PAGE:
# Current limiter for VOD3120AB

I want to supply VOD3120AB with a voltage of 24v/2A from Power Supply. What is the value of the Resistor that I must add to the VCC of the VOD3120AB so that the VOD3120AB works properly?

Information from the datasheet like this:

1. Wide operating VCC range: 15V to 30V
2. ICC = 3.5 mA maximum supply current
3. Output power dissipation Pdiss 250mW

I tried to calculate like this:

R = V/I = 24/0.0035 = 6857 ohm

P = I^2 * R = (0.0035^2) * 6857 = 0.084 watt

I must select R with resistance 6857 ohm and power dissipation = 0.084 watt. Maybe Resistor 6k8/0.125 watt, Its correct?  What is the value of the Resistor that I must add to the VCC of the VOD3120AB so that the VOD3120AB works properly?

You are thinking about this incorrectly. Just supply the device with 24 volts and that is sufficient. It'll take a quiescent current of less than 3.5 mA and it's job done. Test circuit from data sheet: - The maximum power dissipation is the losses of the device when driving a fully rated load such as a MOSFET's gate-source capacitance. Make sure you don't exceed this value by choosing your MOSFET and operating frequency carefully.

• Thanks for point out Jun 21 at 20:20

You can apply 15 V to 30 V to the Vcc pin, and the device will draw whatever current it requires - no need for any current limiting resistor there.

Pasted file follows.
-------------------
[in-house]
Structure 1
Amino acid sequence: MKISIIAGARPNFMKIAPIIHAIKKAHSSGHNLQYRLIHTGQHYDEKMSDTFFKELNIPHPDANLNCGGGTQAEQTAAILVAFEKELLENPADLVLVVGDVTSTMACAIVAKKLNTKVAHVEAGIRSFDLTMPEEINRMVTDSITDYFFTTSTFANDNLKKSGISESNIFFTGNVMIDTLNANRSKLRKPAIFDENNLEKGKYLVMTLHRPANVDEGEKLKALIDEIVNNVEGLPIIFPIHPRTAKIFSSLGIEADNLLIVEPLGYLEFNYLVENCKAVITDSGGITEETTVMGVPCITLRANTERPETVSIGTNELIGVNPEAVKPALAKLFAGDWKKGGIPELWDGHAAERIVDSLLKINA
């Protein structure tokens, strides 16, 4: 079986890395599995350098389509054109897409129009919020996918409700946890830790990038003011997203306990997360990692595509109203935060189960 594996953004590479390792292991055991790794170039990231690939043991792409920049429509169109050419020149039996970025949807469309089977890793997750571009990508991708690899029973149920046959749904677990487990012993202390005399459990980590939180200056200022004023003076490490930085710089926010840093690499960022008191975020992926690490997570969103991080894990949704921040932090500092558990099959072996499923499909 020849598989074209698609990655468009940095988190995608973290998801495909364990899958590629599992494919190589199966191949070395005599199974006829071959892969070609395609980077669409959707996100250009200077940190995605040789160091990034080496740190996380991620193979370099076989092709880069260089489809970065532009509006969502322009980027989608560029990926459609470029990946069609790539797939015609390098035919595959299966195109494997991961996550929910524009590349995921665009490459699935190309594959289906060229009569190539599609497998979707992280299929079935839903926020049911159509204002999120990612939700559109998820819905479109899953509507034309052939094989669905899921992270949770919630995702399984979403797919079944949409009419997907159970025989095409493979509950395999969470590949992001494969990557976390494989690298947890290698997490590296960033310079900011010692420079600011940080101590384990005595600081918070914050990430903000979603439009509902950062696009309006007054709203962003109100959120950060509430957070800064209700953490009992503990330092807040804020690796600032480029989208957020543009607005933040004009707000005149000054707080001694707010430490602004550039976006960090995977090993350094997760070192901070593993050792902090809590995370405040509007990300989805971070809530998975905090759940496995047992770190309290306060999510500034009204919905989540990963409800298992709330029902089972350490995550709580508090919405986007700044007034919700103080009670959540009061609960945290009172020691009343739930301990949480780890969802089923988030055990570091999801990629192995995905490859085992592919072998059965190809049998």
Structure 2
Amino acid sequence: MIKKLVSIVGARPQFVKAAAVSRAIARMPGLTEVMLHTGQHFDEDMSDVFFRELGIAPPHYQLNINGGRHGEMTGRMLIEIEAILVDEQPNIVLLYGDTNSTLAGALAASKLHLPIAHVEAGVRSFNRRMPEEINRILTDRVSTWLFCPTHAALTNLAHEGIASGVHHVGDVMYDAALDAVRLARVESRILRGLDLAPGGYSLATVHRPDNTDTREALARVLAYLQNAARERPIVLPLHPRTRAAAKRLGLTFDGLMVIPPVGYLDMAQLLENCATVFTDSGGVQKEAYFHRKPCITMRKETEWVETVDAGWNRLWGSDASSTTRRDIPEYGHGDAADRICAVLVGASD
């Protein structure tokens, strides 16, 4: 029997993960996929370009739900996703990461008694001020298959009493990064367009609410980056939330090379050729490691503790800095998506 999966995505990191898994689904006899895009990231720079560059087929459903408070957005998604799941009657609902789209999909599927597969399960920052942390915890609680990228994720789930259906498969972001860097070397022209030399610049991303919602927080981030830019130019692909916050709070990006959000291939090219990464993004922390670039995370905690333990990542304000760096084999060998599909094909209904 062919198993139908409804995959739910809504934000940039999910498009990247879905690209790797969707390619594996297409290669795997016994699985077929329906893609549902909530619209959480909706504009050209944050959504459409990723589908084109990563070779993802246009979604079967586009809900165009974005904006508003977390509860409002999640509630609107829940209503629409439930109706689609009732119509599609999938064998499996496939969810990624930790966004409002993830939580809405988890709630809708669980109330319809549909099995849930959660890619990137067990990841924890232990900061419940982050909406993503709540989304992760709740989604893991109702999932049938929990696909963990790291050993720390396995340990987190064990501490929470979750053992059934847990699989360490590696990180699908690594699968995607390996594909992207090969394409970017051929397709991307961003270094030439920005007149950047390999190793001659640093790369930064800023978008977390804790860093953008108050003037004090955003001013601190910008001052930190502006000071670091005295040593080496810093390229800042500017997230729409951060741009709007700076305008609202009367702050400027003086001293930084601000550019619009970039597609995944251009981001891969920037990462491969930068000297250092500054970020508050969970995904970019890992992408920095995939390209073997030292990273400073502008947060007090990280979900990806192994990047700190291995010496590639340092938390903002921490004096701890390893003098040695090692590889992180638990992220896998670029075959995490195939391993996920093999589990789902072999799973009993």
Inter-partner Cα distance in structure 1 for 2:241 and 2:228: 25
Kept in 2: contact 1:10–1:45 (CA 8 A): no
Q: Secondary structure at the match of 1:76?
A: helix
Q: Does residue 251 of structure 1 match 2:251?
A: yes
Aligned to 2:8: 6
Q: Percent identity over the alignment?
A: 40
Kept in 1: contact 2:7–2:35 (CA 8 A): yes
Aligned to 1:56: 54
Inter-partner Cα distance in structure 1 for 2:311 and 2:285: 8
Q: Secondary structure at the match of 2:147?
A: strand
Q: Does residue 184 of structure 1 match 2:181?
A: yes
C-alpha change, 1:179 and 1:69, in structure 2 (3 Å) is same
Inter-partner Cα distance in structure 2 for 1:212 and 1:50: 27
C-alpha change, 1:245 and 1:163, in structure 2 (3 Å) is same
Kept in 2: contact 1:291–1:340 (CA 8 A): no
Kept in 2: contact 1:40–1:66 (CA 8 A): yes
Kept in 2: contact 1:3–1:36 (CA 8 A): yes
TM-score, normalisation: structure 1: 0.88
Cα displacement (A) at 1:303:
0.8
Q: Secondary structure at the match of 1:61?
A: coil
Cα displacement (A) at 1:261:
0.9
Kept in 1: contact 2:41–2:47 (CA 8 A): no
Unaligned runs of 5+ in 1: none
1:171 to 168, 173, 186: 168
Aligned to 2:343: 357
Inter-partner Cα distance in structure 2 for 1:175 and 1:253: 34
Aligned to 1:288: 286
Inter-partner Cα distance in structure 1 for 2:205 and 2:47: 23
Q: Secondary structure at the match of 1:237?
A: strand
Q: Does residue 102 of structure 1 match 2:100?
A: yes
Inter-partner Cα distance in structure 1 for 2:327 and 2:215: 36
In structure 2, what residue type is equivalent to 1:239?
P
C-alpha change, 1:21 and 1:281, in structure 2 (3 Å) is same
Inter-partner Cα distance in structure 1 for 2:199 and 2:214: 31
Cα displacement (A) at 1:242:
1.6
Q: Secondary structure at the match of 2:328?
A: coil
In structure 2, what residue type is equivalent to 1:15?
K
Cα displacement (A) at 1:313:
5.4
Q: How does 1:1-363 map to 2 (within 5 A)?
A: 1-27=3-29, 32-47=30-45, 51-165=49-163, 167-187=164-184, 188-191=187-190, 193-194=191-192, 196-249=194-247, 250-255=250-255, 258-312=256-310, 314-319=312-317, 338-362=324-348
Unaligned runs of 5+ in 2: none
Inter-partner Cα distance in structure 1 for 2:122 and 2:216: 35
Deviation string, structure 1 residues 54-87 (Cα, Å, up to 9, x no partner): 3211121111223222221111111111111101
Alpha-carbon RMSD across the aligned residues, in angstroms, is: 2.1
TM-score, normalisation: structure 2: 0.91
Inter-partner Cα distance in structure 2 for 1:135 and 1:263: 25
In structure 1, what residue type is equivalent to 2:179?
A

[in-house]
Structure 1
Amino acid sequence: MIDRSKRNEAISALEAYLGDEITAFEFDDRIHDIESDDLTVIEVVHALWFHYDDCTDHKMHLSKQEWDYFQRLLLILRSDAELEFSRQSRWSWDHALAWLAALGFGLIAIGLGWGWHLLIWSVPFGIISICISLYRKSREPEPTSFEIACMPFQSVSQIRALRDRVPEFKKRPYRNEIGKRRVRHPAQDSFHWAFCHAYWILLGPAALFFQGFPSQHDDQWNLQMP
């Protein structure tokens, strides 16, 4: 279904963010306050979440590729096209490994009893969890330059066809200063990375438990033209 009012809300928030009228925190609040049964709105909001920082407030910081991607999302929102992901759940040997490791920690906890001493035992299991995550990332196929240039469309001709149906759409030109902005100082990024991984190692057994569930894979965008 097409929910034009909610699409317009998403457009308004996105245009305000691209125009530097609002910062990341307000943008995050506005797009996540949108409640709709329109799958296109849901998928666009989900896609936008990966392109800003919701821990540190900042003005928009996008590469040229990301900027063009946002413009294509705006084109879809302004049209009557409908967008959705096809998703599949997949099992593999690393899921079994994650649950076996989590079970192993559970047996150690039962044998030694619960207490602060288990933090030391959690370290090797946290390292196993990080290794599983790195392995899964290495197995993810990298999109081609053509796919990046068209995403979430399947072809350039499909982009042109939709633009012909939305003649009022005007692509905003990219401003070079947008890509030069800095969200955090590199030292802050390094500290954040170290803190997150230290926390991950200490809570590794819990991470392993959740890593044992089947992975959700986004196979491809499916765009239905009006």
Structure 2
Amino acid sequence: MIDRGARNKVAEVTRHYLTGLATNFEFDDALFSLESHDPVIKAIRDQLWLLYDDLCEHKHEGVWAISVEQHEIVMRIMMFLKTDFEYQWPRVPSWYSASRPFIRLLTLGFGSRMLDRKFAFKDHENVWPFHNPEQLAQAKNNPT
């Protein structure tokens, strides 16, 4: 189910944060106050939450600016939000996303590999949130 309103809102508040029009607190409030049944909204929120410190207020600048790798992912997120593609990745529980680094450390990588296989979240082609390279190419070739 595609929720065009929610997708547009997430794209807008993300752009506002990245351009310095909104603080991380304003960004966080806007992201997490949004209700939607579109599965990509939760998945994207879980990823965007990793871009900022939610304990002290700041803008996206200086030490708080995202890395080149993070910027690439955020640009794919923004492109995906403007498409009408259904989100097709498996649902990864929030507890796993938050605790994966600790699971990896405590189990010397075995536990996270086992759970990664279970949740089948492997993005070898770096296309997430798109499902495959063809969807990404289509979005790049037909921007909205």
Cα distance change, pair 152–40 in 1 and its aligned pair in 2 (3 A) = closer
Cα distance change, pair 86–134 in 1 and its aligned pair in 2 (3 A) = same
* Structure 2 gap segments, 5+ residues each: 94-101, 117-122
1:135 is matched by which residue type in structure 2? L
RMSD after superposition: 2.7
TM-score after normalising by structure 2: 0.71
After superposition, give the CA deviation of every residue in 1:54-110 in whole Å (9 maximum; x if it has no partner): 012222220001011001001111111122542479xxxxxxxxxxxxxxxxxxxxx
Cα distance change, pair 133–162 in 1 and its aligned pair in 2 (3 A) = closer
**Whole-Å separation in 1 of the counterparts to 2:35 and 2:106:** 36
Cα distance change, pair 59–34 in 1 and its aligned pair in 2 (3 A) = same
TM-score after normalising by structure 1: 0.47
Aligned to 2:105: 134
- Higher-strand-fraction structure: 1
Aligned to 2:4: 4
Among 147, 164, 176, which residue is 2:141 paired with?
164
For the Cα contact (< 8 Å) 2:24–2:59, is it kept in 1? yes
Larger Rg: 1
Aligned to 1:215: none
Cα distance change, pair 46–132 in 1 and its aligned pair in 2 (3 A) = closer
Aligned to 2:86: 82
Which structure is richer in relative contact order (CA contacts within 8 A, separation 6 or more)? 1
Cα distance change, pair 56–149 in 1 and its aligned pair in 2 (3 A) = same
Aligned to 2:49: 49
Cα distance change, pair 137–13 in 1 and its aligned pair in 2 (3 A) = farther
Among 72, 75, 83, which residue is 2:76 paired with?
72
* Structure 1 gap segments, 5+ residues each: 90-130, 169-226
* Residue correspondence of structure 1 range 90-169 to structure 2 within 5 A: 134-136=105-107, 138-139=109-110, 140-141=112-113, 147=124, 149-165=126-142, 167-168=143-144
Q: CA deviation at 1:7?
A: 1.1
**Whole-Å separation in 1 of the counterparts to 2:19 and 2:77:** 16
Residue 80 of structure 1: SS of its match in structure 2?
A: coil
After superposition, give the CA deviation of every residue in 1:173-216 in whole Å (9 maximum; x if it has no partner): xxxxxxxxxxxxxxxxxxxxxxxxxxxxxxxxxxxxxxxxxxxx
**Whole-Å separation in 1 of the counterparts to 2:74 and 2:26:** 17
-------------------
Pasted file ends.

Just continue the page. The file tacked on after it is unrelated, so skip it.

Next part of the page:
However, the input seems to be an LED, so you will need to add a current-limiting resistor in series with it to limit the LED current to 7 - 16 mA, as stated in the "Recommended Operating Condition" table.

• Thanks for point out. Jun 21 at 20:22

If you're referring to powering the LED from 24V, first pick the desired current, say 20mA and use Ohm's Law.

$$E = I \cdot R$$

$$24V = 0.02A \cdot R$$

Then realize that a forward-biased LED is going to drop some voltage, say 1.8V when powered at 20mA. So subtract this from the supply voltage.

$$24V - 1.8V = 0.02A \cdot R$$

$$22.2V = 0.02A \cdot R$$

Then rearrange to solve for R by dividing both sides by current (the opposite of multiplying current, so R is left by itself on the right side.)

$$\frac{22.2V}{0.02A} = \frac{\require{cancel}\bcancel{0.02A} \cdot R}{\bcancel{0.02A}}$$

$$\frac{22.2V}{0.02A} = R$$

$$1110 \Omega = R$$

• I have to keep the input (left) and output (right) with different ground (different power supply), because the input side will be connected to the microcontroller with a voltage of 3.3v and a current of 10mA, while the output side will be connected to a voltage of 24v and a current of 2A . Intentionally isolated so that the large electric current from the MOSFET does not damage the microcontroller. Thank you. Jun 21 at 20:27